2 What advice would you offer in terms of how to select a career path?
What would you do even if you didn't get paid? What do you value most? Where do you feel you can make a difference? Ask yourself these questions and take that direction. Be prepared to make mistakes and to change course.

3 Have you changed careers at any point? Please tell us in brief about your personal career journey.
I went from various marketing roles to a business owner at age 27. This was a HUGE difference as suddenly I had to learn new skills quickly and learn how to make money off my own efforts.

4 What did you study? What role has your education played in shaping your career?
Marketing, media and communications. Education continues to be key to my development and success. Markets change and trends change so you can't sit still when it comes to your knowledge.

5 How can we encourage and support more female entrepreneurs in Australia?
Promote entrepreneurship as a career option in school and start to train on the basics of running a business, instead of only steering people towards careers as employees.

6 What inspired you to start your blog/website?
We're an online publisher and education provider so our website and blog are our main communication tool with our clients and prospects. Our award-winning herBusiness blog allows us to showcase the talent of great female entrepreneurs.

Australia’s most inspirational women online share their secrets

Kasia Gospos
Kasia Gospos of Leaders in Heels

Kasia Gospos is a founder of the leading Australian online magazine for professional women Leaders in Heels. Every month, diverse and distinguished women who are making their mark in their industries are interviewed and profiled on the site. Launched in 2011 to promote the advancement of women, empower, support and educate it generates 50,000 page views per month. She founded leaders in Heels believing that an education is the most valuable possession anyone can have and that there is no bigger achievement for a woman than achieving her independence. Kasia would love to see more women in leadership positions and hopes to make Leaders in Heels a positive platform for change. Kasia is committed to enhancing women's lives and actively engages via Leaders in Heels in supporting charities like McGrath Foundation and Dress for Success.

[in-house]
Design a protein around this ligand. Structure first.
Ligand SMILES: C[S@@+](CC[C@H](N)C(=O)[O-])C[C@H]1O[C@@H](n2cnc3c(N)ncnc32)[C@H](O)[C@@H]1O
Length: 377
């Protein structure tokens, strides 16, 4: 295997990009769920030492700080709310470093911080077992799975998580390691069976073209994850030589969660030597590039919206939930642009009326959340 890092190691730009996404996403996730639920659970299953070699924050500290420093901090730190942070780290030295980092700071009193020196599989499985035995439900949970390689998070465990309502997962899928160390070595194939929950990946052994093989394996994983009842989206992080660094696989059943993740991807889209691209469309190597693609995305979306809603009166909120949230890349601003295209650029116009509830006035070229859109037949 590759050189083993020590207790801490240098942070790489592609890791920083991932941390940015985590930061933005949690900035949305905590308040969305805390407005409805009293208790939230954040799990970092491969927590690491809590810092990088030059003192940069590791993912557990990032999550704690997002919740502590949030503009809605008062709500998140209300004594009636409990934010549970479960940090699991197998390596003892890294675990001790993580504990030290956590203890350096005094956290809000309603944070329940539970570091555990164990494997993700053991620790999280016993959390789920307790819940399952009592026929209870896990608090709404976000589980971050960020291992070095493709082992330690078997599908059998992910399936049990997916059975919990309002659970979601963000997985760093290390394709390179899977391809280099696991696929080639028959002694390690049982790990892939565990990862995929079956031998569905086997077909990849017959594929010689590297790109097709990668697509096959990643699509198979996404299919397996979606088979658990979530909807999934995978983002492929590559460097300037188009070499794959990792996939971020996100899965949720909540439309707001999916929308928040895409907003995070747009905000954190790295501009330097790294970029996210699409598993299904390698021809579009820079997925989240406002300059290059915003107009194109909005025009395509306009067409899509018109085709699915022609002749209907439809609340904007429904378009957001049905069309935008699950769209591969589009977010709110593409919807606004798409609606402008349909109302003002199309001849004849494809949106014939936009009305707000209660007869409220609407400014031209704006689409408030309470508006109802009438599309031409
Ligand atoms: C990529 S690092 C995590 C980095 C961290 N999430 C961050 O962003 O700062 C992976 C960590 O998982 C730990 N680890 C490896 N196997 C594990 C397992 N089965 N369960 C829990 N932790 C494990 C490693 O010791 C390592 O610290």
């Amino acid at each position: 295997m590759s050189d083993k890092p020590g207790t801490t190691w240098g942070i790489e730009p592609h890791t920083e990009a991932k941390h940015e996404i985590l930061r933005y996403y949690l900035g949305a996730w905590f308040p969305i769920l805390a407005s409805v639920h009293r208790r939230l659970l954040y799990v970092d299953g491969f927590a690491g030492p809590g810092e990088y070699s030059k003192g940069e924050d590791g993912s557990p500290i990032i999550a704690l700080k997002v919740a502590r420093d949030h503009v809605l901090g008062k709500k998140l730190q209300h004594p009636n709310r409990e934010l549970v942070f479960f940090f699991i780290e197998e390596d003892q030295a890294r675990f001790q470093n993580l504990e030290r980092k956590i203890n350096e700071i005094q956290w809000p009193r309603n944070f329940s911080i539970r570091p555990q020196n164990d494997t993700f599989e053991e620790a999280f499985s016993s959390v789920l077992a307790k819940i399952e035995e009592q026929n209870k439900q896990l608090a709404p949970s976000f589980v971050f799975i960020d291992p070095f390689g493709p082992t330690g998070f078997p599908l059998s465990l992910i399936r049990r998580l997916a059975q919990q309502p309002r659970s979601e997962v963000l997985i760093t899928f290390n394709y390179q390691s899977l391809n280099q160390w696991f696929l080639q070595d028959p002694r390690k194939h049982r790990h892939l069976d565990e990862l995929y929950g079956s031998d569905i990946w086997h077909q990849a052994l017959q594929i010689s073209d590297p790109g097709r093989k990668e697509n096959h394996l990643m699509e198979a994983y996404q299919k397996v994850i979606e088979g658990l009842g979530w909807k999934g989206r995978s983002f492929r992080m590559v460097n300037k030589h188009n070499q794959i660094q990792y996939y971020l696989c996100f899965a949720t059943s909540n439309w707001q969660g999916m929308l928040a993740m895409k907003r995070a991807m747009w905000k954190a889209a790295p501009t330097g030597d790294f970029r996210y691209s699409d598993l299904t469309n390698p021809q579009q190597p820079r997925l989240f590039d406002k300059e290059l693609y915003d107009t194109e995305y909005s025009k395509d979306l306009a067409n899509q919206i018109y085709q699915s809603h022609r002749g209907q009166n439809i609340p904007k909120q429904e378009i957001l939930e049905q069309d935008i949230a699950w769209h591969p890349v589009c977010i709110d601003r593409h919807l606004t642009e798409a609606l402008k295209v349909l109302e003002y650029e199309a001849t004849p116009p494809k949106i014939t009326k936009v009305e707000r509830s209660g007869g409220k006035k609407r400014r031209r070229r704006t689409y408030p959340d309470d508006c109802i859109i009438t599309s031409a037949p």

"To succeed women need to be passionate, creative, innovative, confident, determined and kind"

1 What has been your number one secret to career success?
In my career I have always lived by six leadership traits that I have described recently in the 'Leaders in Heels' manifesto. To succeed women need to be "passionate, creative, innovative, confident, determined and kind". As an example, a few years ago when for the first time I wanted to have my own online space, I hired a web developer to create a website. Unfortunately he never finished his work and I lost a few thousand dollars. Instead of giving up I decided to teach myself how to build a website, learn basics of html, create graphic design and how to manage social media. Today Leaders in Heels generates 50,000 page views per month and this wouldn't happen without being passionate, creative or determined.

2 What advice would you offer in terms of how to select a career path?
It's important that young people develop curiosity in themselves. I say "develop", because I believe this is something anyone can learn. The more you experience, the more you know, the better you know yourself and your strengths it becomes easier to choose a career path. It's also important to remember that it is never too late to change your career. I encourage anyone to take unconventional routes. The same way as Steve Jobs was taking calligraphy classes while in college, he didn't know that the "dots will connect" later in his life. Cross functional knowledge gives competitive advantage to any future leader.

3 Have you changed careers at any point? Please tell us in brief about your personal career journey.